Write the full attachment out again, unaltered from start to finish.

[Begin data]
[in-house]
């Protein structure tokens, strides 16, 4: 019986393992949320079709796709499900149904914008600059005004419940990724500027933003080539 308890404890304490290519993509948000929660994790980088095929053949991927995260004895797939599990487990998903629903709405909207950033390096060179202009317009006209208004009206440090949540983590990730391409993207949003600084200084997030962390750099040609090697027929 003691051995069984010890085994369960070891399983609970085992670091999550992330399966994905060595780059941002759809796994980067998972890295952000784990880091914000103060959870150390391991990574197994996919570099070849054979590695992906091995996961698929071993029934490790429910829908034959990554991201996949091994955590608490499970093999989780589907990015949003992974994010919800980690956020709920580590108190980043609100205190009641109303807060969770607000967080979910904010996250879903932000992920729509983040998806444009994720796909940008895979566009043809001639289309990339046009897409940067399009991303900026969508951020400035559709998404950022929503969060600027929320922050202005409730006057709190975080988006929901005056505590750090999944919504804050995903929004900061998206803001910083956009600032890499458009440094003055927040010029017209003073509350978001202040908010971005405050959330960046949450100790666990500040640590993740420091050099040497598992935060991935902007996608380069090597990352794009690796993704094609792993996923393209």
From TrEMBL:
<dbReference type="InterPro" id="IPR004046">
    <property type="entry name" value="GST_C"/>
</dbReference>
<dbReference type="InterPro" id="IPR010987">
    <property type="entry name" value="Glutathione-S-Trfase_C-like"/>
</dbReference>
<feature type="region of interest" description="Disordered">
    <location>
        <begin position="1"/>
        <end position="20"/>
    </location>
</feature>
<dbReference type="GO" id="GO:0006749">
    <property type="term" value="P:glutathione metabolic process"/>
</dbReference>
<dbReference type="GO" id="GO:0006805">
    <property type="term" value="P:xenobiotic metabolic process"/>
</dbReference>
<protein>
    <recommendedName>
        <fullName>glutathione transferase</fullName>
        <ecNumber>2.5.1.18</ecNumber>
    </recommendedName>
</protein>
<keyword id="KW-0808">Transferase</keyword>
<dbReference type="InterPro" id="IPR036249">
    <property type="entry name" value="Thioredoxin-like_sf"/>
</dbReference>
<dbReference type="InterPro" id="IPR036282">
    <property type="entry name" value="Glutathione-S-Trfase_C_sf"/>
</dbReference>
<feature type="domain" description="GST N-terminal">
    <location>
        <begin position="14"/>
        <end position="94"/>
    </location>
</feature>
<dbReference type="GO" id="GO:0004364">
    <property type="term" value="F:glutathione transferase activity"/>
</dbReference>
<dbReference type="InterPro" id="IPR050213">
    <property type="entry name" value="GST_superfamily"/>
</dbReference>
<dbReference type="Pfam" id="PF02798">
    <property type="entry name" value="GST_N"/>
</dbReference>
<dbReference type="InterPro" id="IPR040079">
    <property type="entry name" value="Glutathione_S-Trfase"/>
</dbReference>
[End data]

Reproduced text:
[in-house]
């Protein structure tokens, strides 16, 4: 019986393992949320079709796709499900149904914008600059005004419940990724500027933003080539 308890404890304490290519993509948000929660994790980088095929053949991927995260004895797939599990487990998903629903709405909207950033390096060179202009317009006209208004009206440090949540983590990730391409993207949003600084200084997030962390750099040609090697027929 003691051995069984010890085994369960070891399983609970085992670091999550992330399966994905060595780059941002759809796994980067998972890295952000784990880091914000103060959870150390391991990574197994996919570099070849054979590695992906091995996961698929071993029934490790429910829908034959990554991201996949091994955590608490499970093999989780589907990015949003992974994010919800980690956020709920580590108190980043609100205190009641109303807060969770607000967080979910904010996250879903932000992920729509983040998806444009994720796909940008895979566009043809001639289309990339046009897409940067399009991303900026969508951020400035559709998404950022929503969060600027929320922050202005409730006057709190975080988006929901005056505590750090999944919504804050995903929004900061998206803001910083956009600032890499458009440094003055927040010029017209003073509350978001202040908010971005405050959330960046949450100790666990500040640590993740420091050099040497598992935060991935902007996608380069090597990352794009690796993704094609792993996923393209």
From TrEMBL:
<dbReference type="InterPro" id="IPR004046">
    <property type="entry name" value="GST_C"/>
</dbReference>
<dbReference type="InterPro" id="IPR010987">
    <property type="entry name" value="Glutathione-S-Trfase_C-like"/>
</dbReference>
<feature type="region of interest" description="Disordered">
    <location>
        <begin position="1"/>
        <end position="20"/>
    </location>
</feature>
<dbReference type="GO" id="GO:0006749">
    <property type="term" value="P:glutathione metabolic process"/>
</dbReference>
<dbReference type="GO" id="GO:0006805">
    <property type="term" value="P:xenobiotic metabolic process"/>
</dbReference>
<protein>
    <recommendedName>
        <fullName>glutathione transferase</fullName>
        <ecNumber>2.5.1.18</ecNumber>
    </recommendedName>
</protein>
<keyword id="KW-0808">Transferase</keyword>
<dbReference type="InterPro" id="IPR036249">
    <property type="entry name" value="Thioredoxin-like_sf"/>
</dbReference>
<dbReference type="InterPro" id="IPR036282">
    <property type="entry name" value="Glutathione-S-Trfase_C_sf"/>
</dbReference>
<feature type="domain" description="GST N-terminal">
    <location>
        <begin position="14"/>
        <end position="94"/>
    </location>
</feature>
<dbReference type="GO" id="GO:0004364">
    <property type="term" value="F:glutathione transferase activity"/>
</dbReference>
<dbReference type="InterPro" id="IPR050213">
    <property type="entry name" value="GST_superfamily"/>
</dbReference>
<dbReference type="Pfam" id="PF02798">
    <property type="entry name" value="GST_N"/>
</dbReference>
<dbReference type="InterPro" id="IPR040079">
    <property type="entry name" value="Glutathione_S-Trfase"/>
</dbReference>